When you are a farmer, nothing keeps you from your daily tasks. Sprained ankles, bee stings, 17 degrees with wind chills down below zero. Nothing. The critters and plants are depending on you, their very life depends on you.
Postal workers aren't the only ones that claim this creed. For farmers it's a way of life. We don't get sick days, mental health days, or snow days. There are too many lives at stake. We seldom get a vacation, we can't take the animals to the kennel for a week. Farm sitters are few and far between and expensive when you can find them.
A couple of weeks ago I sprained my ankle. I was working at seeding the greenhouse and needed to get more shelving to set the flats on. Our greenhouse is full and I still have more planting to do. While trying to maneuver the shelves I stepped into a hole and my ankle rolled. I've had many sprained ankles over the years so I know what to do. Ice, ibuprophen, a brace and rest. Only when you are a farmer, rest is not easily obtained. So, I hobbled into the house and iced it for a few minutes, got my brace and took some ibuprophen. I finished seeding what needed to be done in the greenhouse and then Reid and I went and fixed a property line fence where our bull, Jethro, had been rubbing as he was challenging the neighbors 9 bulls to a Sumo wrestling match, which could be, and likely will be, another blog post.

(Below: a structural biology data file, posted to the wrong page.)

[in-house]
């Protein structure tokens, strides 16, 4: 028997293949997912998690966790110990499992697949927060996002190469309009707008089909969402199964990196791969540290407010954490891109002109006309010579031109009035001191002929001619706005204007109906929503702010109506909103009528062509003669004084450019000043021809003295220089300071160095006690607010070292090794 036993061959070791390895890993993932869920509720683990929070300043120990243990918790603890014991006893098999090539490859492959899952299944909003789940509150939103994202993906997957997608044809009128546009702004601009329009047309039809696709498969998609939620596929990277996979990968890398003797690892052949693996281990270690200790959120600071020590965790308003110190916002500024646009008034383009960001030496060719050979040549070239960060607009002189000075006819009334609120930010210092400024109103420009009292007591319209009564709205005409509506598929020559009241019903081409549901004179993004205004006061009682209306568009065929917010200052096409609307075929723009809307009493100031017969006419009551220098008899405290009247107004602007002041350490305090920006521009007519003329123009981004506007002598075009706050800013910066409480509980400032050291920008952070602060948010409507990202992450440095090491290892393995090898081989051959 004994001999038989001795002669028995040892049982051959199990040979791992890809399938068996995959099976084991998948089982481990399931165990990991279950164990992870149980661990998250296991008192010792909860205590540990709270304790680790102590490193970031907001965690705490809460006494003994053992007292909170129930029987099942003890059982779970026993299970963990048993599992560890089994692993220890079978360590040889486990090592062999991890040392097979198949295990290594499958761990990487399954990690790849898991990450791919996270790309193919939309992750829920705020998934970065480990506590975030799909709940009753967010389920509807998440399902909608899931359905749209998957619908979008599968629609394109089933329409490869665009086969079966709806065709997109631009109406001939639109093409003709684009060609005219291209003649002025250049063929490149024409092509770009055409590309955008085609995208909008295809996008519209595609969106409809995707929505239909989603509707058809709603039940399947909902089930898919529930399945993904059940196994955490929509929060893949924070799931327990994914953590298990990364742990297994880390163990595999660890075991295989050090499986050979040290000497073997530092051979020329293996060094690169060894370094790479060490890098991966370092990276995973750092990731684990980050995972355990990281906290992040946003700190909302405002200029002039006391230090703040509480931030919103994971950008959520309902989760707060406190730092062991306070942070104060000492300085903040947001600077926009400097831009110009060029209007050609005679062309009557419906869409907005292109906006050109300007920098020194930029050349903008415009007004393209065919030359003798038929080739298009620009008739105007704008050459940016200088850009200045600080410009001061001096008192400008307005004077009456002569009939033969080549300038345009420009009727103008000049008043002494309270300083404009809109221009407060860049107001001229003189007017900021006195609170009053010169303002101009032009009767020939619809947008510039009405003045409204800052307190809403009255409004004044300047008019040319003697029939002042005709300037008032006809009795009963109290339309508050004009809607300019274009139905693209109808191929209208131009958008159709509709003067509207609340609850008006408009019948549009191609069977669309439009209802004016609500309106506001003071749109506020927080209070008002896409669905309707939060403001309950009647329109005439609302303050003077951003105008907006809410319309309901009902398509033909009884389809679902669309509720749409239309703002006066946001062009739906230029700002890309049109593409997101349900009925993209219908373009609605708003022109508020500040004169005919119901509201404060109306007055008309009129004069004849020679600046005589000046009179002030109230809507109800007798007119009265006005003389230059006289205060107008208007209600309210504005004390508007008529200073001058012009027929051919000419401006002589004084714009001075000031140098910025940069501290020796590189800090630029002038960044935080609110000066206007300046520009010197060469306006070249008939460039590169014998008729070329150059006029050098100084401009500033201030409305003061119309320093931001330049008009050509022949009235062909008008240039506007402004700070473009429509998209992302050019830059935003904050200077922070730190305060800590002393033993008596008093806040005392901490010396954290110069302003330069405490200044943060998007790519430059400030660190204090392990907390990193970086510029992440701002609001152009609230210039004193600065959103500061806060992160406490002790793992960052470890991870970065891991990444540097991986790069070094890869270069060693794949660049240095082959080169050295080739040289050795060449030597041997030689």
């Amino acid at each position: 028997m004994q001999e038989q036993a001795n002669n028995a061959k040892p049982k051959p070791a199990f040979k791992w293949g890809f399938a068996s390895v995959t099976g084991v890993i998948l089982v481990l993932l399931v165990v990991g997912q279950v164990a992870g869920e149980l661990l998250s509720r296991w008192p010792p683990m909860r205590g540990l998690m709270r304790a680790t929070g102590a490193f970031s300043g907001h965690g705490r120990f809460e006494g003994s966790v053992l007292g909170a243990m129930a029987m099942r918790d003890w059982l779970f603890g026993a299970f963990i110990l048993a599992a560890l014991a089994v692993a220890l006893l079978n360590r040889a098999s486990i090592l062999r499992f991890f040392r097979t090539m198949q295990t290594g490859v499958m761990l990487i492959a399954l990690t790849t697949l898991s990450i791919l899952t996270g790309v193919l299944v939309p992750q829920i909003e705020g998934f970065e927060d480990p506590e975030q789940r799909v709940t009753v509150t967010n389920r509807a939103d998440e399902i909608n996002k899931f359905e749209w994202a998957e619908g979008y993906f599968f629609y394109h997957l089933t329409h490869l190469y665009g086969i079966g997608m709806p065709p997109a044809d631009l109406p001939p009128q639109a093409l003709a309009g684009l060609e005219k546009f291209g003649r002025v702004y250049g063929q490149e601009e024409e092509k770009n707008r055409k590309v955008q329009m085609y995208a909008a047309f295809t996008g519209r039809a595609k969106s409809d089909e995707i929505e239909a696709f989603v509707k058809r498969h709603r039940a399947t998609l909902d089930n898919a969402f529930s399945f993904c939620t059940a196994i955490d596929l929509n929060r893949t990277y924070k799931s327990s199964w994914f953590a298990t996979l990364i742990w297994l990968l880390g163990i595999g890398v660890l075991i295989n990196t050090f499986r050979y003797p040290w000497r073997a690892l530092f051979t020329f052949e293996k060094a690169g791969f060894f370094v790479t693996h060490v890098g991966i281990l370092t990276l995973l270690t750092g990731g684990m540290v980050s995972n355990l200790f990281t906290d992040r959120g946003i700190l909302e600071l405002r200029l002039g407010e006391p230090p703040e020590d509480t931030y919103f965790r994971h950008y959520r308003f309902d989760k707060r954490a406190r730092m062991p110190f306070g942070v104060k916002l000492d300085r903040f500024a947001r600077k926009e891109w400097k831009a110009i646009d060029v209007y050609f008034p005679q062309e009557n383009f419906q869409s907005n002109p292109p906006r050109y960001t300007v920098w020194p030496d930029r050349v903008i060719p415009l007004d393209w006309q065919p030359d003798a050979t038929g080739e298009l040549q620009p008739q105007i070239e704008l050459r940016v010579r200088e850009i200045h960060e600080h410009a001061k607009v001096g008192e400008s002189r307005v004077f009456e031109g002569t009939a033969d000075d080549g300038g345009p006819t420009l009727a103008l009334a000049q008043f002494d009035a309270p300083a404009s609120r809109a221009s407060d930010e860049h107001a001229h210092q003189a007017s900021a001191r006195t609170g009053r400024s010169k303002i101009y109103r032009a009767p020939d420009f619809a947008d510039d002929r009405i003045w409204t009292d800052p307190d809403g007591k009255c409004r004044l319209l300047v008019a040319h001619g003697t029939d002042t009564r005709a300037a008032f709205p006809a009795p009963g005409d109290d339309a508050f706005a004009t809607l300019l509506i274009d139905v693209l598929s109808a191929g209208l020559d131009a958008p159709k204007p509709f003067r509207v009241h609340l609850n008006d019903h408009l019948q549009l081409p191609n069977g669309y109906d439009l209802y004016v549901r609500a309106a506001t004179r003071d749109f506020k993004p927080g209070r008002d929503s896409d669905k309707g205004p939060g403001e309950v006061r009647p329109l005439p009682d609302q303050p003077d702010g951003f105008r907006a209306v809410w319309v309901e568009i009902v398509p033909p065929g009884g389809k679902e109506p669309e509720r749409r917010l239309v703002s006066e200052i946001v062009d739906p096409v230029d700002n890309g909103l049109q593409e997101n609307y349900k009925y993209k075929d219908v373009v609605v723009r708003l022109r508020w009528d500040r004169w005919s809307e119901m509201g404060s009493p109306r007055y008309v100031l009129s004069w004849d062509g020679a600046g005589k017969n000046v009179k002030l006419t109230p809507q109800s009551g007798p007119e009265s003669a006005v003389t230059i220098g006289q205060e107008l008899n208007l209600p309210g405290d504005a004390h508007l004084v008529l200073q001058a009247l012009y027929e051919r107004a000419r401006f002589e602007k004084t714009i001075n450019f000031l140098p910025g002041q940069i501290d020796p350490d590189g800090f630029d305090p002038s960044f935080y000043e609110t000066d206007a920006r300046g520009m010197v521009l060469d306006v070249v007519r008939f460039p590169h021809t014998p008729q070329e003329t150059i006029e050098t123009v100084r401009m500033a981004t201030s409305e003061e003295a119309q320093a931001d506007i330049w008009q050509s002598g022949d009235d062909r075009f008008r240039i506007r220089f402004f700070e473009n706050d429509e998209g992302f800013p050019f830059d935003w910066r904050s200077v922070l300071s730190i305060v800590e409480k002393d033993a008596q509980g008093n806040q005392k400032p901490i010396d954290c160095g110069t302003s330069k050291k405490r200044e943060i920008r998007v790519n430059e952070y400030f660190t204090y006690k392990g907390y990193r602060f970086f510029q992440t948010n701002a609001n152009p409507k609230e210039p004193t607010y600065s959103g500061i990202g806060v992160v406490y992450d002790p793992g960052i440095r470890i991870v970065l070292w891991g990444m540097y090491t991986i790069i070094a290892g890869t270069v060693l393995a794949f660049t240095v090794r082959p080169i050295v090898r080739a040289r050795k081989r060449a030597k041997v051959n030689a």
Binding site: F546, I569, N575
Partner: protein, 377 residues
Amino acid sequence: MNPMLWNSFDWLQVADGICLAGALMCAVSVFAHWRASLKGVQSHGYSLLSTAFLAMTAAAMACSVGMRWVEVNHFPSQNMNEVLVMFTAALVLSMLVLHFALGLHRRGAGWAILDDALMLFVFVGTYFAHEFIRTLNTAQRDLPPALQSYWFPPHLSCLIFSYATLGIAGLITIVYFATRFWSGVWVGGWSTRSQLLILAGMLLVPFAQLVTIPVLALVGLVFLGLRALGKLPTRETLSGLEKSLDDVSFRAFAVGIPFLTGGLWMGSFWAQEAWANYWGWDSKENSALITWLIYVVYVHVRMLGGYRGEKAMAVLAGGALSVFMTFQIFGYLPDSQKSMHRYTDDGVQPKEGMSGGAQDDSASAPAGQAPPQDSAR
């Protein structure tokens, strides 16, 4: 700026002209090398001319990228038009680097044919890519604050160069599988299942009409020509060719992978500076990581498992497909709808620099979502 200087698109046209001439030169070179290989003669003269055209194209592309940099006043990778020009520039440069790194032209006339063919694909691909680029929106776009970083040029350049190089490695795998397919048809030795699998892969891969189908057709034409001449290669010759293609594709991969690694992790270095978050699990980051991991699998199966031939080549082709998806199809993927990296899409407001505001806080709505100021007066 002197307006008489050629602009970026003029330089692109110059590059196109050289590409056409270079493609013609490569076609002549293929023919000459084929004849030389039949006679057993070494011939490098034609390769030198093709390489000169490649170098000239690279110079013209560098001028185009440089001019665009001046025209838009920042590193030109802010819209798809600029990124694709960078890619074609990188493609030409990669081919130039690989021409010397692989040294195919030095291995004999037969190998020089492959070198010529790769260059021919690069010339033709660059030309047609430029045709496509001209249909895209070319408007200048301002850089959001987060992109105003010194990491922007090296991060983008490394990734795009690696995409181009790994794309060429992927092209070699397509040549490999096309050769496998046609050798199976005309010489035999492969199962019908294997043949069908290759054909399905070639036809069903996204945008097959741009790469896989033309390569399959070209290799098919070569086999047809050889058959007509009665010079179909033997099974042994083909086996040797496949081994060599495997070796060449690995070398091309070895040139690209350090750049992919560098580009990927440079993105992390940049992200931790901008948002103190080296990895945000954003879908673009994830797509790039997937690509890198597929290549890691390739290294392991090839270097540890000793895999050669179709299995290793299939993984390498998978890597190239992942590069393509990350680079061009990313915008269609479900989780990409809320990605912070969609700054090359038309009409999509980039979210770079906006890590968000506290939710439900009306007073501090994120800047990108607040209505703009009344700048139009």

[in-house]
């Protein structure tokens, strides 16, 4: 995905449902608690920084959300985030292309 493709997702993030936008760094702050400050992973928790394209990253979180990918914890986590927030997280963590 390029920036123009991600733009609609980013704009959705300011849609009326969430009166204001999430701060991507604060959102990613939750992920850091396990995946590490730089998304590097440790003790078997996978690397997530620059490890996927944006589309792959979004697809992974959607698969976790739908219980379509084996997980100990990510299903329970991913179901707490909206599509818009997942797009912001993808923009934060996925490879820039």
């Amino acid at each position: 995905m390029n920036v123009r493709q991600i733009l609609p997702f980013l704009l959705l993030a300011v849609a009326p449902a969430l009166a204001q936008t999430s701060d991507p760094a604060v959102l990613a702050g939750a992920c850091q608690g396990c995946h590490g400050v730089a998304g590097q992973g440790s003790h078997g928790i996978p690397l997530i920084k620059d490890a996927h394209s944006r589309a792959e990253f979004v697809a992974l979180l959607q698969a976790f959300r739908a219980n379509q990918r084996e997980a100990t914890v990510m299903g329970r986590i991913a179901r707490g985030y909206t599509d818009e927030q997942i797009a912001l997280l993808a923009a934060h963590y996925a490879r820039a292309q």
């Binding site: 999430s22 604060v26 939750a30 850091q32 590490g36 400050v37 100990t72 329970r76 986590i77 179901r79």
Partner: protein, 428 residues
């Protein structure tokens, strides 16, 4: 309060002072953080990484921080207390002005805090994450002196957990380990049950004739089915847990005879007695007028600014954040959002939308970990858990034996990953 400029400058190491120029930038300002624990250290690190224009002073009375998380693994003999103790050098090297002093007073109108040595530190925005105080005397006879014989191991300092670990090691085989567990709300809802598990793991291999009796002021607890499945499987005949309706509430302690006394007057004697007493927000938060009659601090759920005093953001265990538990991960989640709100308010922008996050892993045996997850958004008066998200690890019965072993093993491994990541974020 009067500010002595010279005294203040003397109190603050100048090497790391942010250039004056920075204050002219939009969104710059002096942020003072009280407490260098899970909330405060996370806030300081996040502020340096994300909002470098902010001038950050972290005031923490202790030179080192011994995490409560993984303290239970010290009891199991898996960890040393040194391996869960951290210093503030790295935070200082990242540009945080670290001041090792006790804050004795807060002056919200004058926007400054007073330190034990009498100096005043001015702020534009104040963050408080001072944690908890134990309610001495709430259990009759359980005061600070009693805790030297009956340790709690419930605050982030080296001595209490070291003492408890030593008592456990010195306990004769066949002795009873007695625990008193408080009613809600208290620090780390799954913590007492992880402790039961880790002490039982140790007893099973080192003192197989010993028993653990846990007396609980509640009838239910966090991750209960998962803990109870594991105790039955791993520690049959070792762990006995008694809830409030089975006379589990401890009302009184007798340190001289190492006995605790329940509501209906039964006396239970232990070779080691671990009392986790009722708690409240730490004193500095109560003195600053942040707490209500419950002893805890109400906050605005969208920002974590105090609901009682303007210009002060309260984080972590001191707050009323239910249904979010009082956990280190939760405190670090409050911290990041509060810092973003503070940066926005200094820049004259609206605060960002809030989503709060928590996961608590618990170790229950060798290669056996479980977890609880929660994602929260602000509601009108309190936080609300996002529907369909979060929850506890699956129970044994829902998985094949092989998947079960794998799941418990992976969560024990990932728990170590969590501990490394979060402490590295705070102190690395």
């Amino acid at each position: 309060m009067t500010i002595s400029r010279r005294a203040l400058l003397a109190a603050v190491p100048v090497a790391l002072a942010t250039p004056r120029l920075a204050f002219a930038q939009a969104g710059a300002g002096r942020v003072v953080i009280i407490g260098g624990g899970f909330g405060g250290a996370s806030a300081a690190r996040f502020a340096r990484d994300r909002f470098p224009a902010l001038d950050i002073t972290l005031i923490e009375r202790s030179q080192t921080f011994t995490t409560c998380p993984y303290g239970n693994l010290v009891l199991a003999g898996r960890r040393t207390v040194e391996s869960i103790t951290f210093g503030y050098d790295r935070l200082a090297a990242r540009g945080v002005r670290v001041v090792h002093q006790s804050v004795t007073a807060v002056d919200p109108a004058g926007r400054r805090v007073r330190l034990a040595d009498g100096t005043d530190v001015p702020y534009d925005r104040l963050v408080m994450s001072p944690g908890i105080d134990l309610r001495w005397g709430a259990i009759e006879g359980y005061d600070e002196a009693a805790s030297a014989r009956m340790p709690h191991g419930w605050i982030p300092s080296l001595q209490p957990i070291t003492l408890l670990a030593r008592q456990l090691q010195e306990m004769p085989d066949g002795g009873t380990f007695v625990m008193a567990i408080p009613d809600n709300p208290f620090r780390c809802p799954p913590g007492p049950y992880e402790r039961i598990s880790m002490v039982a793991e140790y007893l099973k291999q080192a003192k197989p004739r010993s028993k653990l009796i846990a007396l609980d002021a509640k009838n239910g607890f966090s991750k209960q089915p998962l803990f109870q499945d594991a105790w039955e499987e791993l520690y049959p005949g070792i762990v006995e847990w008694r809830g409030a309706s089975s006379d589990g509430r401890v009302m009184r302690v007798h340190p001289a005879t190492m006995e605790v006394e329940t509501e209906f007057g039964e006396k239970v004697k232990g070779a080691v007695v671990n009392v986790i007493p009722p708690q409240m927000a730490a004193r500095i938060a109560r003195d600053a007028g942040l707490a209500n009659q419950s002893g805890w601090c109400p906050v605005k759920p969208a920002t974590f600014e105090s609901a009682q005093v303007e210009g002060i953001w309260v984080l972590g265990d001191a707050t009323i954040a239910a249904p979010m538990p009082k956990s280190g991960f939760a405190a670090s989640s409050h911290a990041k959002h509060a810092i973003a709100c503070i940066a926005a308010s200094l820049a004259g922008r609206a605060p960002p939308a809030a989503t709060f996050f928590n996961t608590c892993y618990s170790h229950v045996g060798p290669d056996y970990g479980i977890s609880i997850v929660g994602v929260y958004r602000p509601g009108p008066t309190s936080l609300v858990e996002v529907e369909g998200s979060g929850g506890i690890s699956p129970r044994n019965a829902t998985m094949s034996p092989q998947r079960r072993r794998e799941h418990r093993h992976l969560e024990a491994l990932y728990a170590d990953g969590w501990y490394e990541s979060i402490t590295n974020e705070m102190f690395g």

Reid was working around one of the high tunnels the other day and somehow got stung by something. Neither of us saw anything, but the evidence was clear on his arm. Something had nailed him at least 5 times, maybe more. Normally he doesn't react to bee stings, but this time he was beginning to swell. We tried vinegar, benedryl, toothpaste and ice. The latter two being the only ones to give him any kind of relief. He was up all that night from the pain, but when morning came, he went to the barn and helped with the morning chores.
The weather doesn't keep us in entirely either. Yes, on the bitter days we are likely to be inside more than out, but there are still things that must be done. The animals have to be fed and if locked in the barn, they have to have water. Hopefully we are able to keep the waterlines from freezing, other wise we have to carry water from the house to the barns. For a point of reference, a cow can drink 10 gallons of water a day. Sheep about 2. If we have Mercy and Grace in the barn, that's 20 gallons, just for them. There are the chickens, rabbits and the dogs that need water too. Carrying water for all of these critters can be an exhausting task all of it's own.
If the greenhouse is in production mode that means it must be tended, not just daily, but sometimes hourly. This morning it is 17 degree's on the Knob. We have an overflowing greenhouse. Our peppers, tomatoes, basil, parsley, brussel sprouts, cabbage, broccoli, cauliflower, kohlrabi, onions and herbs have all been started. We have thousands of beautiful plants in there. Reid has been up and down all night making sure the heaters are keeping the greenhouse warm enough for the little beauty's to survive. Two days ago we were watching carefully to make sure that these same plants did not cook from the intense sunlight, making the greenhouse temperatures climb near to 100 degree's. Windows and the ventilation fan had to be opened, and we needed to water a couple of times. I have seen a twenty degree temperature change happen in just a matter of minutes.
I could go on with so many stories of things we have found ourselves doing when most other people would have not even entertained the idea. But, we are farmers. Our animals, our plants, our crops depend on us. The buck stops here. We do it for them,we do it for us, we do it for you. Blessings and peace friends. Till next time.